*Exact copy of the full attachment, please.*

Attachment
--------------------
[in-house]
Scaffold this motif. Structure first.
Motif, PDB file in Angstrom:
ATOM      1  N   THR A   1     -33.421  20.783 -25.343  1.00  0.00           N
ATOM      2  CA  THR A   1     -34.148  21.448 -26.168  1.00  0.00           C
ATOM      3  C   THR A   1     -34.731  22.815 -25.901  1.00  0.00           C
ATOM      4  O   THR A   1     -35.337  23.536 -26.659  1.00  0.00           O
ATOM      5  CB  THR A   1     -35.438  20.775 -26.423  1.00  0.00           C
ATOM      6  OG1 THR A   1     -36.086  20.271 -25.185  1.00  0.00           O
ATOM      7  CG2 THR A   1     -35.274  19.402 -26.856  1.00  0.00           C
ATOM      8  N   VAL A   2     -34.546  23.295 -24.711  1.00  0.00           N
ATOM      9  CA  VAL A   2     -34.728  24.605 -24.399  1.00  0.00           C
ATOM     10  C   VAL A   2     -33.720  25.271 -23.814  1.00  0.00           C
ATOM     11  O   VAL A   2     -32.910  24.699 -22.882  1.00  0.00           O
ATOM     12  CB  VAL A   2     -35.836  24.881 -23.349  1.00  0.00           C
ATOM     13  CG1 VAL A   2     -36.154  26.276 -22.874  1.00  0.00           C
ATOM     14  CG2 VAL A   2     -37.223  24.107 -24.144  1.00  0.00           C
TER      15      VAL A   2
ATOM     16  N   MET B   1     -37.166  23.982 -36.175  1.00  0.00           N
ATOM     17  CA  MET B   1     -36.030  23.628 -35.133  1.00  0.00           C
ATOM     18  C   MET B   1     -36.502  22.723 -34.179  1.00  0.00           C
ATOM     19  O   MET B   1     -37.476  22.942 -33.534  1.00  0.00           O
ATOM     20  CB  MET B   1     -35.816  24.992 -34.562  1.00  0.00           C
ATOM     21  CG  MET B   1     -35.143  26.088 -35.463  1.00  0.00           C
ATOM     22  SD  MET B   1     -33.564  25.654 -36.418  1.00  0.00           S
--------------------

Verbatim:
[in-house]
Scaffold this motif. Structure first.
Motif, PDB file in Angstrom:
ATOM      1  N   THR A   1     -33.421  20.783 -25.343  1.00  0.00           N
ATOM      2  CA  THR A   1     -34.148  21.448 -26.168  1.00  0.00           C
ATOM      3  C   THR A   1     -34.731  22.815 -25.901  1.00  0.00           C
ATOM      4  O   THR A   1     -35.337  23.536 -26.659  1.00  0.00           O
ATOM      5  CB  THR A   1     -35.438  20.775 -26.423  1.00  0.00           C
ATOM      6  OG1 THR A   1     -36.086  20.271 -25.185  1.00  0.00           O
ATOM      7  CG2 THR A   1     -35.274  19.402 -26.856  1.00  0.00           C
ATOM      8  N   VAL A   2     -34.546  23.295 -24.711  1.00  0.00           N
ATOM      9  CA  VAL A   2     -34.728  24.605 -24.399  1.00  0.00           C
ATOM     10  C   VAL A   2     -33.720  25.271 -23.814  1.00  0.00           C
ATOM     11  O   VAL A   2     -32.910  24.699 -22.882  1.00  0.00           O
ATOM     12  CB  VAL A   2     -35.836  24.881 -23.349  1.00  0.00           C
ATOM     13  CG1 VAL A   2     -36.154  26.276 -22.874  1.00  0.00           C
ATOM     14  CG2 VAL A   2     -37.223  24.107 -24.144  1.00  0.00           C
TER      15      VAL A   2
ATOM     16  N   MET B   1     -37.166  23.982 -36.175  1.00  0.00           N
ATOM     17  CA  MET B   1     -36.030  23.628 -35.133  1.00  0.00           C
ATOM     18  C   MET B   1     -36.502  22.723 -34.179  1.00  0.00           C
ATOM     19  O   MET B   1     -37.476  22.942 -33.534  1.00  0.00           O
ATOM     20  CB  MET B   1     -35.816  24.992 -34.562  1.00  0.00           C
ATOM     21  CG  MET B   1     -35.143  26.088 -35.463  1.00  0.00           C
ATOM     22  SD  MET B   1     -33.564  25.654 -36.418  1.00  0.00           S